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ICD-10: Top 3 myths and facts for ASCs

It’s no secret that the use of ICD-10, the 10th addition of the International Classification of Diseases by the World Health Organization (WHO), will commence in approximately six months, and ambulatory surgery centers should be taking the required steps to prepare for as seamless of a transition as possible.

The start of ICD-10 has been delayed more than once, and this has blurred the lines between myth and fact:

Myth 1

ASCs should continue to plan to implement ICD-10 under the assumption that the Department of Health and Human Services (HHS) will grant another extension.

Fact 1

The HSS has no plans to extend or delay the implementation of ICD-10 for all HIPAA-compliant entities, so ASCs need to continue taking the necessary steps to officially make the switch ICD-10 on October 1, 2015.

Myth 2

Since ICD-10 was actually developed and implemented around the world years ago, it’s probably out of date already.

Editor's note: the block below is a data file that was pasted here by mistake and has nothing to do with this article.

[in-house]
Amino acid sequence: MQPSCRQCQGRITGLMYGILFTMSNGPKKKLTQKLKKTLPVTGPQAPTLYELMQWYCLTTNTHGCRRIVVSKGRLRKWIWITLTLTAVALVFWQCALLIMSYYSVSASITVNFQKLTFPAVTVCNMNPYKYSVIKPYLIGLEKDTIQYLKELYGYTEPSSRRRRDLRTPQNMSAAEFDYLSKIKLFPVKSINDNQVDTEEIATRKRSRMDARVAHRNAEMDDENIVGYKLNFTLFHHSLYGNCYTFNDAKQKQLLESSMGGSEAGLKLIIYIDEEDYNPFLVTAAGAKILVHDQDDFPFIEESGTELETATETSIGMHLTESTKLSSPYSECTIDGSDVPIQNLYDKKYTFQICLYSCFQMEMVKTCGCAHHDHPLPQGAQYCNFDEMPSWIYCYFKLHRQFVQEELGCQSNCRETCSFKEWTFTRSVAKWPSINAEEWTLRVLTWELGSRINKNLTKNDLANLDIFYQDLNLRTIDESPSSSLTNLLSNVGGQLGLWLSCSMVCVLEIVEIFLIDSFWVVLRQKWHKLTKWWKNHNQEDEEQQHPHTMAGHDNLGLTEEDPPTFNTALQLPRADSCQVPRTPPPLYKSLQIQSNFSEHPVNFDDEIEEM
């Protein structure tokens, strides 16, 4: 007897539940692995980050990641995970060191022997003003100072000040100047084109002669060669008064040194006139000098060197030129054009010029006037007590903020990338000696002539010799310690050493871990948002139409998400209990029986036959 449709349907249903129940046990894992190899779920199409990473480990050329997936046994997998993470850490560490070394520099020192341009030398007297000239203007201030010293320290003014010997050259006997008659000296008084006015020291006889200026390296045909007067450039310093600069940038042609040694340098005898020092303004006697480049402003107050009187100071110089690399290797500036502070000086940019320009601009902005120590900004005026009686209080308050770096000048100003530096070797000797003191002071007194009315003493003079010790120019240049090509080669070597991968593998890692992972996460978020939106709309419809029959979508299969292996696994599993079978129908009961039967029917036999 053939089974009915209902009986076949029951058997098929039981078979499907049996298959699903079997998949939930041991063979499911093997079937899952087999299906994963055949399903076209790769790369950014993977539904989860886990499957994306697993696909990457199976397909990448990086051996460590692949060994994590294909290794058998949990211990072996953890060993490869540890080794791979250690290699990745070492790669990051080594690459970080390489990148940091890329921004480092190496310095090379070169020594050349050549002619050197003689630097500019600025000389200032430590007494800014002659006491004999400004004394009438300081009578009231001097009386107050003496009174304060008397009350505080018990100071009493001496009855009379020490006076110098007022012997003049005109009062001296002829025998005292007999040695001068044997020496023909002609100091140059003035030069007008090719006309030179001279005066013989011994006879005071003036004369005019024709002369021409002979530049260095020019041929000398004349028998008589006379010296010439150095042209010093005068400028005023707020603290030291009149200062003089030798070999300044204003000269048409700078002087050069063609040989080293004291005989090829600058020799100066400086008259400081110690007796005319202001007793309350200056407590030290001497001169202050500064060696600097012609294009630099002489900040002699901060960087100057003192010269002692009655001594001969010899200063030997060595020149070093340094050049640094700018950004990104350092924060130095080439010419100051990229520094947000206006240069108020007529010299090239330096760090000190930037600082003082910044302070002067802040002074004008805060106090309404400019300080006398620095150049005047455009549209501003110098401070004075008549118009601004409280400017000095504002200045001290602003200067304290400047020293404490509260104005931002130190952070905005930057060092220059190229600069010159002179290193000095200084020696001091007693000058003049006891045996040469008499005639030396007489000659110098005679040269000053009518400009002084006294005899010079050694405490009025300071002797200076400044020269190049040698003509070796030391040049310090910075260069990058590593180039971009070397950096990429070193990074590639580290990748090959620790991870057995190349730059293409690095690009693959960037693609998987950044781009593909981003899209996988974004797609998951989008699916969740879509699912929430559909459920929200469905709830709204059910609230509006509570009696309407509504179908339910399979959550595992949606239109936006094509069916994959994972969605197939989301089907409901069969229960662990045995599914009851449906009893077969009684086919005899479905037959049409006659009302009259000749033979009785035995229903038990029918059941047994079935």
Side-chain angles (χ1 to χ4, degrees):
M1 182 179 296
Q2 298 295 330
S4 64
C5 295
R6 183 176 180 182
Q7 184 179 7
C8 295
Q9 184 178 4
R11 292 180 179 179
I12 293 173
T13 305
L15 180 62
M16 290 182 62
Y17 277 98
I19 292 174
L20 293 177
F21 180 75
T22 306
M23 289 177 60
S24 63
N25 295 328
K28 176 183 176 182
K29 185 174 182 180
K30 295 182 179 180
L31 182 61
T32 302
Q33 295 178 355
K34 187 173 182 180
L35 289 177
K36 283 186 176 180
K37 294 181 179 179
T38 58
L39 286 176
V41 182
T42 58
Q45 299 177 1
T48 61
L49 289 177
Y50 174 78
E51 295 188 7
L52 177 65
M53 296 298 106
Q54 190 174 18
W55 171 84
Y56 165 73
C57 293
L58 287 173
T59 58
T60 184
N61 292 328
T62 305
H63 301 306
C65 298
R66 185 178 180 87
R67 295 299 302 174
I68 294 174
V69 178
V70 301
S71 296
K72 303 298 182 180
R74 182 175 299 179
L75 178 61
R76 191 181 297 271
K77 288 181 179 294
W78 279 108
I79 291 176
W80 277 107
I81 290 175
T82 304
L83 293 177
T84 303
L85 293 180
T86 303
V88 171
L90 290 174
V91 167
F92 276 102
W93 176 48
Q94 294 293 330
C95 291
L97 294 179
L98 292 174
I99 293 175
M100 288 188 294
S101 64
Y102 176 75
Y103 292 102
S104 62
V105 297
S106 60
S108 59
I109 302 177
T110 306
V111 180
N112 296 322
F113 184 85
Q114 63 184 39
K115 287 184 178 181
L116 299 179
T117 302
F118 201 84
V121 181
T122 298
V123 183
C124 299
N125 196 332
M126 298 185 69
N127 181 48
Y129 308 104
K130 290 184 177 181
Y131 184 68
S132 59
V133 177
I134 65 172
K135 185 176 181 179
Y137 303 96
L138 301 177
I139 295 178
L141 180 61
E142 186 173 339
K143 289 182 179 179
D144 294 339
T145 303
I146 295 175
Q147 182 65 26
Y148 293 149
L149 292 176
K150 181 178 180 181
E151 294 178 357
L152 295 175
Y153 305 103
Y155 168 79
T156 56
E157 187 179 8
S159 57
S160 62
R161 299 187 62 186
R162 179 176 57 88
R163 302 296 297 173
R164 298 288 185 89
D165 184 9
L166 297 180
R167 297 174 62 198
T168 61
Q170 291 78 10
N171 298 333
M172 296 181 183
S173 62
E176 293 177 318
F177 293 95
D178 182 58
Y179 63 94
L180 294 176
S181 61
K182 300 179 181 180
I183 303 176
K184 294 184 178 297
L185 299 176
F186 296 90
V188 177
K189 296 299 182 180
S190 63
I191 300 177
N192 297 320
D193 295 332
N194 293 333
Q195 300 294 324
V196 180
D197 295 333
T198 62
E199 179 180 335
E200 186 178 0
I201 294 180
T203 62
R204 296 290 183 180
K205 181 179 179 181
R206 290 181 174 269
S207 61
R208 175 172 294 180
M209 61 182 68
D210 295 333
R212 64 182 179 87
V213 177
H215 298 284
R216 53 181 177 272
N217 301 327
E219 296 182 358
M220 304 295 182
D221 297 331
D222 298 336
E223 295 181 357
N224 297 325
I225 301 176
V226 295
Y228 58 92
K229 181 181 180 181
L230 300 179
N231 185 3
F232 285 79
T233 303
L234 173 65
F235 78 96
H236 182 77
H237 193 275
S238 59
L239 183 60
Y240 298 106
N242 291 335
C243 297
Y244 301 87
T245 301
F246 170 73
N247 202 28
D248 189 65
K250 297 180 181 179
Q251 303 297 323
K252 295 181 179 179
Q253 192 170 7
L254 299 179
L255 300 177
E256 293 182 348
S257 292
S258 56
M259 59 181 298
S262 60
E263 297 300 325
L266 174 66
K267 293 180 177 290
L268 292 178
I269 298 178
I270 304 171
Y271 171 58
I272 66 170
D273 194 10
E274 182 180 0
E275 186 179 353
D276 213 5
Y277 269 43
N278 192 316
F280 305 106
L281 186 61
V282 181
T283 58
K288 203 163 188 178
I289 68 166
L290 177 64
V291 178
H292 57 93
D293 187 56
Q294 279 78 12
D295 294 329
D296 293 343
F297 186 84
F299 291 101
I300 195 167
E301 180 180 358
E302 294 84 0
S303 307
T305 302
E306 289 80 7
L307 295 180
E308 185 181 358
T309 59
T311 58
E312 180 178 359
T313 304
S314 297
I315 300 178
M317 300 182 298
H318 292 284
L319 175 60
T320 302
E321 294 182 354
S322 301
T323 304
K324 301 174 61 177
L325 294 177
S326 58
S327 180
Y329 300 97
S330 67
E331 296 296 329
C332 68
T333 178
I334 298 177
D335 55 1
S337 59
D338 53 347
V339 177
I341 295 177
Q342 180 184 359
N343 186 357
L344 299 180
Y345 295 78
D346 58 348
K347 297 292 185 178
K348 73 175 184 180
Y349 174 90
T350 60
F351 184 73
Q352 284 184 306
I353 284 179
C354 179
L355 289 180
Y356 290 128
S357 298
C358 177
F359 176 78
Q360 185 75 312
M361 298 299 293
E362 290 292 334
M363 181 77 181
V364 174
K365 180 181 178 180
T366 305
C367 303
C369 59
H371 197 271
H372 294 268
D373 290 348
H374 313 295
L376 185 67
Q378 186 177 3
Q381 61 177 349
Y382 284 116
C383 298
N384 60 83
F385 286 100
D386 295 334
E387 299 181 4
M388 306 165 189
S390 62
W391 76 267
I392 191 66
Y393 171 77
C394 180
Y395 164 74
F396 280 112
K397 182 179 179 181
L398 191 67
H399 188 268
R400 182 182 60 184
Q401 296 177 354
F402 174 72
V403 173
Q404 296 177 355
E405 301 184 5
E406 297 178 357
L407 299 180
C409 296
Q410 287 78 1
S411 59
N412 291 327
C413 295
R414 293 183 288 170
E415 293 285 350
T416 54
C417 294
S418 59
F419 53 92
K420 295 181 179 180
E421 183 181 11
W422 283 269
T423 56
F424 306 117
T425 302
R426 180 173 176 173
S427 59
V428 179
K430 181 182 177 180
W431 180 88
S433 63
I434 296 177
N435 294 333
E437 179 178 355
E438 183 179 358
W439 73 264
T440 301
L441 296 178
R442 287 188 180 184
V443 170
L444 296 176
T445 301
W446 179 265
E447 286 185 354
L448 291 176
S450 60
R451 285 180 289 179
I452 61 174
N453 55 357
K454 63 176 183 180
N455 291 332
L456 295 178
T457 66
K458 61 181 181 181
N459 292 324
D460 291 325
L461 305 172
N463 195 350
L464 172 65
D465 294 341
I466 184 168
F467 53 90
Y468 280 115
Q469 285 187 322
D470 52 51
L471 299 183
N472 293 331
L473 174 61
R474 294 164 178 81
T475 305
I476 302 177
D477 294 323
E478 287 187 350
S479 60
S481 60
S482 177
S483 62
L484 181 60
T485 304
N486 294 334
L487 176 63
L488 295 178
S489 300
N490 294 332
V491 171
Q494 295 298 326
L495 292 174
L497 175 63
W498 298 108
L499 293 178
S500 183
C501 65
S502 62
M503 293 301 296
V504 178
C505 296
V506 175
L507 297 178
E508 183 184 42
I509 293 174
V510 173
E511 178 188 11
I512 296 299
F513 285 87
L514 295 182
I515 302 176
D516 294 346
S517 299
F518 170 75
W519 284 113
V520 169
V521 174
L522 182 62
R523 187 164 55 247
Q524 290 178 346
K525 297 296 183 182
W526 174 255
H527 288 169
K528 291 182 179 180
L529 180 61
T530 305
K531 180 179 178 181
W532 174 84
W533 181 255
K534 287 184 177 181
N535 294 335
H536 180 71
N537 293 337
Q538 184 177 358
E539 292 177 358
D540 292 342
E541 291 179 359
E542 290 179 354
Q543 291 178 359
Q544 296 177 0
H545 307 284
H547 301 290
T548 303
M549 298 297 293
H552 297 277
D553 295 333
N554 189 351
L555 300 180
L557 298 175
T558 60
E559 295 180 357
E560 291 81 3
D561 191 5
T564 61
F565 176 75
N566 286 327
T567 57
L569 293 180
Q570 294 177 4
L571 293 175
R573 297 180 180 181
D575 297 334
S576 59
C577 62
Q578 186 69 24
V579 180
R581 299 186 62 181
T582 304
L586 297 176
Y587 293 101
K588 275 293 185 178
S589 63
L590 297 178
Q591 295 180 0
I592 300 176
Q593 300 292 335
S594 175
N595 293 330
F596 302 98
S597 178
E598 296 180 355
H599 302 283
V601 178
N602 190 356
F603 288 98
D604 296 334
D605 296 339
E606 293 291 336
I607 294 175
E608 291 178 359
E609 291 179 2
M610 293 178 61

Fact 2

ICD-10 codes have been updated annually prior to a partial code freeze to stay on pace with advances in technology and the healthcare environment. The partial freeze was implemented by the ICD-9 Coordination and Maintenance Committee, and only codes capturing new technologies and diseases were added to ICD-9 and ICD-10. No ICD-9 updates will be made past October 1, 2015, and regular updates to ICD-10 will resume on October 1, 2016, according to the Centers for Medicare & Medicaid Services.

Myth 3

The increased amount of available codes will make ICD-10 more challenging to use.

Fact 3

ICD-10 will have almost five times the number of diagnostic codes and will require greater specificity and detail, but that doesn’t mean it will be necessarily more complex. Almost half of the new codes are simply to differentiate between the two sides of a patient’s body. Having a greater selection of codes will actually make it easier to find the proper code because they will be more precise. Additionally, ICD-10 will have an alphabetic index and electronic coding tools to help billing and coding staff find the correct option.

With these facts in mind, ensuring that an ASC’s billing and coding staff receive optimal training should reduce the chance of negative impact on the financial health of the center. If the staff is not as prepared as needed, it might be the time to consider outsourcing RCM to a provider whose employees have been adequately trained to handle ICD-10 efficiently.